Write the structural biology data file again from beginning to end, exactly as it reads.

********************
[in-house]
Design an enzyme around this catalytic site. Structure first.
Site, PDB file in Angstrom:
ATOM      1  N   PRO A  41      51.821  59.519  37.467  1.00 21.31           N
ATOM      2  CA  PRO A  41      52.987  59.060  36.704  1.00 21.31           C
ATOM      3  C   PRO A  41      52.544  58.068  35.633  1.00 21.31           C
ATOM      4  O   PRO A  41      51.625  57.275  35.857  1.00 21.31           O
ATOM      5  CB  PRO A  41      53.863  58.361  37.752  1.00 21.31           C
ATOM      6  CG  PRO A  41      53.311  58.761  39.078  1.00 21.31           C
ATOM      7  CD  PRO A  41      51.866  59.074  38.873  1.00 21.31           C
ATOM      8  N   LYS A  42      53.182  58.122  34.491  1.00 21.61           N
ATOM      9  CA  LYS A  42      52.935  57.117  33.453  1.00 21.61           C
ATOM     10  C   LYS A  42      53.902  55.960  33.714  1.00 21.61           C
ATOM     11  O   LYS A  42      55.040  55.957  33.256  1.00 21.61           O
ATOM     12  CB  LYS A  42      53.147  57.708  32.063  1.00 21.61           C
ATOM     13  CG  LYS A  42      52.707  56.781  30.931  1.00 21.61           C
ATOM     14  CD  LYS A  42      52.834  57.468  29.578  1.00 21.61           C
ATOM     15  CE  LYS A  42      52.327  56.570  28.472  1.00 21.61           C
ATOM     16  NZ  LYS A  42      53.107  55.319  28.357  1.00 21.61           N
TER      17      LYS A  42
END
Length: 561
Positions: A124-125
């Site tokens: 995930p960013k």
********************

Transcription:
[in-house]
Design an enzyme around this catalytic site. Structure first.
Site, PDB file in Angstrom:
ATOM      1  N   PRO A  41      51.821  59.519  37.467  1.00 21.31           N
ATOM      2  CA  PRO A  41      52.987  59.060  36.704  1.00 21.31           C
ATOM      3  C   PRO A  41      52.544  58.068  35.633  1.00 21.31           C
ATOM      4  O   PRO A  41      51.625  57.275  35.857  1.00 21.31           O
ATOM      5  CB  PRO A  41      53.863  58.361  37.752  1.00 21.31           C
ATOM      6  CG  PRO A  41      53.311  58.761  39.078  1.00 21.31           C
ATOM      7  CD  PRO A  41      51.866  59.074  38.873  1.00 21.31           C
ATOM      8  N   LYS A  42      53.182  58.122  34.491  1.00 21.61           N
ATOM      9  CA  LYS A  42      52.935  57.117  33.453  1.00 21.61           C
ATOM     10  C   LYS A  42      53.902  55.960  33.714  1.00 21.61           C
ATOM     11  O   LYS A  42      55.040  55.957  33.256  1.00 21.61           O
ATOM     12  CB  LYS A  42      53.147  57.708  32.063  1.00 21.61           C
ATOM     13  CG  LYS A  42      52.707  56.781  30.931  1.00 21.61           C
ATOM     14  CD  LYS A  42      52.834  57.468  29.578  1.00 21.61           C
ATOM     15  CE  LYS A  42      52.327  56.570  28.472  1.00 21.61           C
ATOM     16  NZ  LYS A  42      53.107  55.319  28.357  1.00 21.61           N
TER      17      LYS A  42
END
Length: 561
Positions: A124-125
């Site tokens: 995930p960013k």